In any case, you've picked a good question to become obsessed about, because the use of "John Doe" and "Jane Doe" as stand-ins for the names of unidentified persons is so widespread in everyday life that most of us never think to wonder why that should be.

Fortunately, I happen to have on my shelf a fine book called "What's In A Name?" by the learned and prolific Paul Dickson (Merriam-Webster, 1996) which deals with just this sort of question. It turns out that the "John Doe" custom dates back to the reign of England's King Edward III, during the legal debate over something called the Acts of Ejectment. This debate involved a hypothetical landowner, referred to as "John Doe," who leased land to another man, the equally fictitious "Richard Roe," who then took the land as his own and "ejected," or evicted, poor "John Doe."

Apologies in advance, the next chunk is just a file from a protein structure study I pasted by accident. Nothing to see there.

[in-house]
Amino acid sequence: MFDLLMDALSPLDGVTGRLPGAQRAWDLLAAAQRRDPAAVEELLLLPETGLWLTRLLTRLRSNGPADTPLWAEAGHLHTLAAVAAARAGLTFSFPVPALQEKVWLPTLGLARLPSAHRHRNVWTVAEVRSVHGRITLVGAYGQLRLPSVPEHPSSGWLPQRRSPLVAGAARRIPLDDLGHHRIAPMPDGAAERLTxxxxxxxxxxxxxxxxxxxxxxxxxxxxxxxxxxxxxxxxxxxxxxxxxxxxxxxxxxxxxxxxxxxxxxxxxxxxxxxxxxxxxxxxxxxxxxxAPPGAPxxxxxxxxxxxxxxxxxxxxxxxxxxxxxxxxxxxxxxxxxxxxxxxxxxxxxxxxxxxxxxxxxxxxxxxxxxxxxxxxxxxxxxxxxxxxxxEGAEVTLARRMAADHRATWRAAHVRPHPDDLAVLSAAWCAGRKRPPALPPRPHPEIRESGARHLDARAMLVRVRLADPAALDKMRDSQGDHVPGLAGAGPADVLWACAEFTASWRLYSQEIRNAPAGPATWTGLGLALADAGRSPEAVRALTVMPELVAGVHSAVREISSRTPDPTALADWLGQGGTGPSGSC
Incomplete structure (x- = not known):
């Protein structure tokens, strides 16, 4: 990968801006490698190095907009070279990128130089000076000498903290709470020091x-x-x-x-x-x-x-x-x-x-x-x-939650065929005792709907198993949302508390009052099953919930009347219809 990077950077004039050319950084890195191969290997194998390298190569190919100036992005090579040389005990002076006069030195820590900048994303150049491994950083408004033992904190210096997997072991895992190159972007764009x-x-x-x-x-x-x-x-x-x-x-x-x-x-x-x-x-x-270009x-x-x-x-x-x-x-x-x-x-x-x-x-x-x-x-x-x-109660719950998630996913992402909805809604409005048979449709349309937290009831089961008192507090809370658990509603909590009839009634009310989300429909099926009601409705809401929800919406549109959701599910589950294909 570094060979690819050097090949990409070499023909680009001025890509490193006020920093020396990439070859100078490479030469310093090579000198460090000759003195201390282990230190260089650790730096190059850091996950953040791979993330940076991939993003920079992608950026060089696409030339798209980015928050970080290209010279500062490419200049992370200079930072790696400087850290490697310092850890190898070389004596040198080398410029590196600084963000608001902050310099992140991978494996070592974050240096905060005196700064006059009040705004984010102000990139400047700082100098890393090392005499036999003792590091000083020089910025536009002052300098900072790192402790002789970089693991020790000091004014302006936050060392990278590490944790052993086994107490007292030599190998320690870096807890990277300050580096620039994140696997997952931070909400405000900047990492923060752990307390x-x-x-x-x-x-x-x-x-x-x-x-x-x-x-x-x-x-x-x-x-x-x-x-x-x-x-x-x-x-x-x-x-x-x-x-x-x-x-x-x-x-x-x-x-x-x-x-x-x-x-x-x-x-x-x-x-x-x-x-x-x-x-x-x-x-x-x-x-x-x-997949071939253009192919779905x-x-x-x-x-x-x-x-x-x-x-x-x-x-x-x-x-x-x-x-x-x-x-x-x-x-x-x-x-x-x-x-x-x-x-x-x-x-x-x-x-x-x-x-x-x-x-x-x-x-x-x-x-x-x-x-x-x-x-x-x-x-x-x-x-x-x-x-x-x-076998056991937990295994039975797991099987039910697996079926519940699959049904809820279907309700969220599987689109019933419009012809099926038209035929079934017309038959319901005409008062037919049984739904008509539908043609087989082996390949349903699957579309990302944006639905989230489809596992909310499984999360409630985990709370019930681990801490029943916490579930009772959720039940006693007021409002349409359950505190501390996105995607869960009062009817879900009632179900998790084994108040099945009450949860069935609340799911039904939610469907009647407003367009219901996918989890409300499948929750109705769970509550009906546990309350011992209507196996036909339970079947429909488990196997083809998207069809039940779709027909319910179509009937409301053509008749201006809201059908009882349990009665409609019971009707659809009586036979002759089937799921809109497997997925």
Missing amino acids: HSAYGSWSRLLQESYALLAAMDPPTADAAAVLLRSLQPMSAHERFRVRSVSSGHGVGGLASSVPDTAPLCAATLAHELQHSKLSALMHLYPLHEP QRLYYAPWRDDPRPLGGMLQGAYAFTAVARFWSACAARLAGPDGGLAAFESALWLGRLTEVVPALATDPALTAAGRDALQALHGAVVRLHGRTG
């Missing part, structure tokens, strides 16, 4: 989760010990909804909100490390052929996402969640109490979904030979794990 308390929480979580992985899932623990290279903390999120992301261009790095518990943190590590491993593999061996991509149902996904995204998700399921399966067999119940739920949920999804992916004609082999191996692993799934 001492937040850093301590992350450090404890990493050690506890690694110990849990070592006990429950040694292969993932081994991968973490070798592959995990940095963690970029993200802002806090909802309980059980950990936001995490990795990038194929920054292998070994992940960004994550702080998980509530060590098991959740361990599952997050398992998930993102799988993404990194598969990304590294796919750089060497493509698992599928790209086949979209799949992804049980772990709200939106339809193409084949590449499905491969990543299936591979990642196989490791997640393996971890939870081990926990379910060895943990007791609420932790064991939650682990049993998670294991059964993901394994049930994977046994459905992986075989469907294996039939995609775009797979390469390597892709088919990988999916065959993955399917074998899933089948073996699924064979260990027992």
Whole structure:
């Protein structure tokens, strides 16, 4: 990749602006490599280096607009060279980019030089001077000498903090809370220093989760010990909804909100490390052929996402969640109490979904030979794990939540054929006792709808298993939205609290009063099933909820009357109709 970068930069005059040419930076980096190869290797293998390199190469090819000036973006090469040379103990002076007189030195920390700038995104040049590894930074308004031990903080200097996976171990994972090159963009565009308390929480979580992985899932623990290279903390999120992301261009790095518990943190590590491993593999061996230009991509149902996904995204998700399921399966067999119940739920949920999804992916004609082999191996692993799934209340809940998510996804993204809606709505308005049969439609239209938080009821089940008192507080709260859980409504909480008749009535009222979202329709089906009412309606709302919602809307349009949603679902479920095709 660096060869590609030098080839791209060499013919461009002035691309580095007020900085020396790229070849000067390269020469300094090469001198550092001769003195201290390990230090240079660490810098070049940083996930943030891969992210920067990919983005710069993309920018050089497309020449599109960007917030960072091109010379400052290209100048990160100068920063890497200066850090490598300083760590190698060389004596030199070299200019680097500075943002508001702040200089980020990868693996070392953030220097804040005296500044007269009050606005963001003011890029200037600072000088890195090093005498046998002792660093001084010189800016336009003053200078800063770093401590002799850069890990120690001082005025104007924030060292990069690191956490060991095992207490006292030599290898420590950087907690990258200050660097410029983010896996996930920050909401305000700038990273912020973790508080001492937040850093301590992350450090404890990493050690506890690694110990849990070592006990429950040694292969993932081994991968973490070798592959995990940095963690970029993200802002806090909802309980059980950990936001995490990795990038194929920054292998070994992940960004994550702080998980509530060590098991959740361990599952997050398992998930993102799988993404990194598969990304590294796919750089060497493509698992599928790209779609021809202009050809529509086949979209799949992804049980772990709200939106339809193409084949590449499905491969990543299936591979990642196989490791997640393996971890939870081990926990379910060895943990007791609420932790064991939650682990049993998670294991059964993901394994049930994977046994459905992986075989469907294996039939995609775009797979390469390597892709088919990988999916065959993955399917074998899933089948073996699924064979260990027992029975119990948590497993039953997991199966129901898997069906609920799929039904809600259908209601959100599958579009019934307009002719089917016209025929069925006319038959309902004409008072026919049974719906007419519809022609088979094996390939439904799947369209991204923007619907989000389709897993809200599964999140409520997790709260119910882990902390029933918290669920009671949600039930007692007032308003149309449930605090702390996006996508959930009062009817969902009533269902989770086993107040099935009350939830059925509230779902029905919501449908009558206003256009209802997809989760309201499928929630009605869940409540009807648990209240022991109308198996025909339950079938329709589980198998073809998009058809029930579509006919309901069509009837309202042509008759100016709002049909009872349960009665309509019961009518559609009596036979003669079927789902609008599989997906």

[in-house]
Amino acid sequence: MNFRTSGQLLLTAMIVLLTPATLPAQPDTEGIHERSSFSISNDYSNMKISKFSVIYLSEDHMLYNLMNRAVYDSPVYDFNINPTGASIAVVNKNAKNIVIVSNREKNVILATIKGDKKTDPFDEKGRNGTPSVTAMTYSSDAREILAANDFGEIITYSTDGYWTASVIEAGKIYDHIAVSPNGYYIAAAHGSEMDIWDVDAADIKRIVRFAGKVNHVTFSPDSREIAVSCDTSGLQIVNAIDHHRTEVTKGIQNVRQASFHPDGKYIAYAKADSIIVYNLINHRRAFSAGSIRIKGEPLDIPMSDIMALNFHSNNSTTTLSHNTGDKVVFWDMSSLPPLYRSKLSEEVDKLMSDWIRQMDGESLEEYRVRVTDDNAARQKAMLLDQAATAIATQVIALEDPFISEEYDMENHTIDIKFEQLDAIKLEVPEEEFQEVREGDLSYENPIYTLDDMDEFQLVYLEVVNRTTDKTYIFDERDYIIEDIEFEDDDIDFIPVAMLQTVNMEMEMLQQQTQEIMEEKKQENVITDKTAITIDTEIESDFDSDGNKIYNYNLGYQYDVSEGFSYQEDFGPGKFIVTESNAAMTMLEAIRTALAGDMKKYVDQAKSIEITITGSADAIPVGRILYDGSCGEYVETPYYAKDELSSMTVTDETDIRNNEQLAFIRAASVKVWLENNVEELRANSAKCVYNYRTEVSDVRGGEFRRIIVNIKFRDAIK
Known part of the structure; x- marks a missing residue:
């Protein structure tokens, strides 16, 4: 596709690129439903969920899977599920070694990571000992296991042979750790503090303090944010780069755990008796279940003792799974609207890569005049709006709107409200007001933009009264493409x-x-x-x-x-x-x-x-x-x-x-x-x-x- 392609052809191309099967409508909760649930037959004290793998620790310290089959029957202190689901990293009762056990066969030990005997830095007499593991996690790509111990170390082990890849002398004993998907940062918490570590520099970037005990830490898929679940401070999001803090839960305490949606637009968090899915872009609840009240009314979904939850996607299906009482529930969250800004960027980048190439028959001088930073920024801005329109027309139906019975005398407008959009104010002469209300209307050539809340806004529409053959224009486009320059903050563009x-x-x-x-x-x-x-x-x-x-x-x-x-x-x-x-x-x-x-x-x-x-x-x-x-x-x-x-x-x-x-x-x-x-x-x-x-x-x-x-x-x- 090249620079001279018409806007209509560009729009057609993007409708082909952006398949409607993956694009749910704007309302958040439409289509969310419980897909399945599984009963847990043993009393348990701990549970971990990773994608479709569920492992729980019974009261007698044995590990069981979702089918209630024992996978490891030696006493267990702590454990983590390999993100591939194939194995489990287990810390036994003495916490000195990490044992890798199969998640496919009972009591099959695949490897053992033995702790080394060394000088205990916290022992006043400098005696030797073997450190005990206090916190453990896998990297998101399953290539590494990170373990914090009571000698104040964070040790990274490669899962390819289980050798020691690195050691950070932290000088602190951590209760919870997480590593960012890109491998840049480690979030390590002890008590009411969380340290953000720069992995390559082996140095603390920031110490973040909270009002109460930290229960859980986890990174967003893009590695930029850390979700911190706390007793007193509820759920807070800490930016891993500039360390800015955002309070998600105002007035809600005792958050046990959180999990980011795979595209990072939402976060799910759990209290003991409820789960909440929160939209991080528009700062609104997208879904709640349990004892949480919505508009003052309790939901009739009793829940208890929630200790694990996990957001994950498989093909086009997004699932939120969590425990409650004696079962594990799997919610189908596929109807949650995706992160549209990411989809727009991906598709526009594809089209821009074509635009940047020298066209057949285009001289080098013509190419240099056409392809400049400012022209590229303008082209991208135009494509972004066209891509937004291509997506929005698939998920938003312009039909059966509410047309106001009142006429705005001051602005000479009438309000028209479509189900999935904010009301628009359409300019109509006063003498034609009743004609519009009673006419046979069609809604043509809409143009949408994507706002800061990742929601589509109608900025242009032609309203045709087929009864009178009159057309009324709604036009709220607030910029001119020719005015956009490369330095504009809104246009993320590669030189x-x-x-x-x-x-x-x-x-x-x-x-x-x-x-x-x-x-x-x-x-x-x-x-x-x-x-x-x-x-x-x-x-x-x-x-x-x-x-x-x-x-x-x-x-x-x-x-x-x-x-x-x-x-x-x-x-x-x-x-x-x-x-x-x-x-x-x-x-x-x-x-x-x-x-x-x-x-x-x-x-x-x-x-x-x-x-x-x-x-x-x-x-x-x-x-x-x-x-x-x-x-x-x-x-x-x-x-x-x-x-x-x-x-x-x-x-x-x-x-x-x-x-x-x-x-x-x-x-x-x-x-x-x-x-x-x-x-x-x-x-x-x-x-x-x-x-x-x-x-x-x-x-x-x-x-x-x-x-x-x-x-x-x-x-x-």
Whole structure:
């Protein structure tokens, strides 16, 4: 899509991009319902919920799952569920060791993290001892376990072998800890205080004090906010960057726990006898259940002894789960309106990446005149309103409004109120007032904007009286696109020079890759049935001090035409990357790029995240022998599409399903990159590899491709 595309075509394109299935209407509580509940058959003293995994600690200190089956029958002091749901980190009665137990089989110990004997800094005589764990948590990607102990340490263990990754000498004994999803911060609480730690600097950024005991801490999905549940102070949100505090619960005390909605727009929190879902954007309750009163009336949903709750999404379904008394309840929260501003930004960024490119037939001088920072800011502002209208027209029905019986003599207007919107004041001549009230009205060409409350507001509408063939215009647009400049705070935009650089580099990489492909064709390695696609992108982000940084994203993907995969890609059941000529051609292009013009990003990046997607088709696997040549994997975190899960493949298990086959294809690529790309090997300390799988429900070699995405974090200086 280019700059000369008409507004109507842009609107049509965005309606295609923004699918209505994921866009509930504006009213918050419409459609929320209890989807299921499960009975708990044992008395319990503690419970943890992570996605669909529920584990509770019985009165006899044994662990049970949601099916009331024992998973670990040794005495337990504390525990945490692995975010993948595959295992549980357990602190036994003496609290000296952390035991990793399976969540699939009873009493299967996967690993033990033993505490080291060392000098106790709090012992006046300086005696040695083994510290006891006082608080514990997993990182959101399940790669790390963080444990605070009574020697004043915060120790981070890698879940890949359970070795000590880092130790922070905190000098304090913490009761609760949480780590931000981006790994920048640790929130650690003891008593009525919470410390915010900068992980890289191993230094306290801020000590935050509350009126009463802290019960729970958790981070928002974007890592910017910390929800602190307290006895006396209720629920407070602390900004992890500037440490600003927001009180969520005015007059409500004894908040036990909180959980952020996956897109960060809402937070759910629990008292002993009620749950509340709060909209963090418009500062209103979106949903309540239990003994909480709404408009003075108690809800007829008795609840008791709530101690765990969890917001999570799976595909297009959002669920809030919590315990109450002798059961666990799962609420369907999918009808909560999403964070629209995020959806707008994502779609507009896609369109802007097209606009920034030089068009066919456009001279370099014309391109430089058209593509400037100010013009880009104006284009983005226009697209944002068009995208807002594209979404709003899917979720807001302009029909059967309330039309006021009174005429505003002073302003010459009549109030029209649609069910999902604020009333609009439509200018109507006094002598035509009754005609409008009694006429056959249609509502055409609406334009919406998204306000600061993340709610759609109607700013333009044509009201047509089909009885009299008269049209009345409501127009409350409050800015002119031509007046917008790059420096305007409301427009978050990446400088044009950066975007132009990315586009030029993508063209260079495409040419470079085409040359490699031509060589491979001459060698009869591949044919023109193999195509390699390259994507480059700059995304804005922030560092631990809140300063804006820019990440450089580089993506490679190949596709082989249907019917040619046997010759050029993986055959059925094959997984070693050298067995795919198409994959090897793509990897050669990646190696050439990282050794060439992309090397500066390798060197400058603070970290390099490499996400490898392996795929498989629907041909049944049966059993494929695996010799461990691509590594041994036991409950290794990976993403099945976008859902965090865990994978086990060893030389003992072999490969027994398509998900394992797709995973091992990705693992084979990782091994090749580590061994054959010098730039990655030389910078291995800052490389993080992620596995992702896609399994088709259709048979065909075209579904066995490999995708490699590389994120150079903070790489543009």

These names -- John Doe and Richard Roe -- had no particular significance, aside from "Doe" (a female deer) and "Roe" (a small species of deer found in Europe) being commonly known nouns at the time. But the debate became a hallmark of legal theory, and the name "John Doe" in particular gained wide currency in both the legal world and general usage as a generic stand-in for any unnamed person. According to Mr. Dickson, "John Doe" and "Richard Roe" are, to this day, mandated in legal procedure as the first and second names given to unknown defendants in a case (followed, if necessary, by "John Stiles" and "Richard Miles"). The name "Jane Doe," a logical female equivalent, is used in many state jurisdictions, but if the case is federal, the unnamed defendant is dubbed "Mary Major."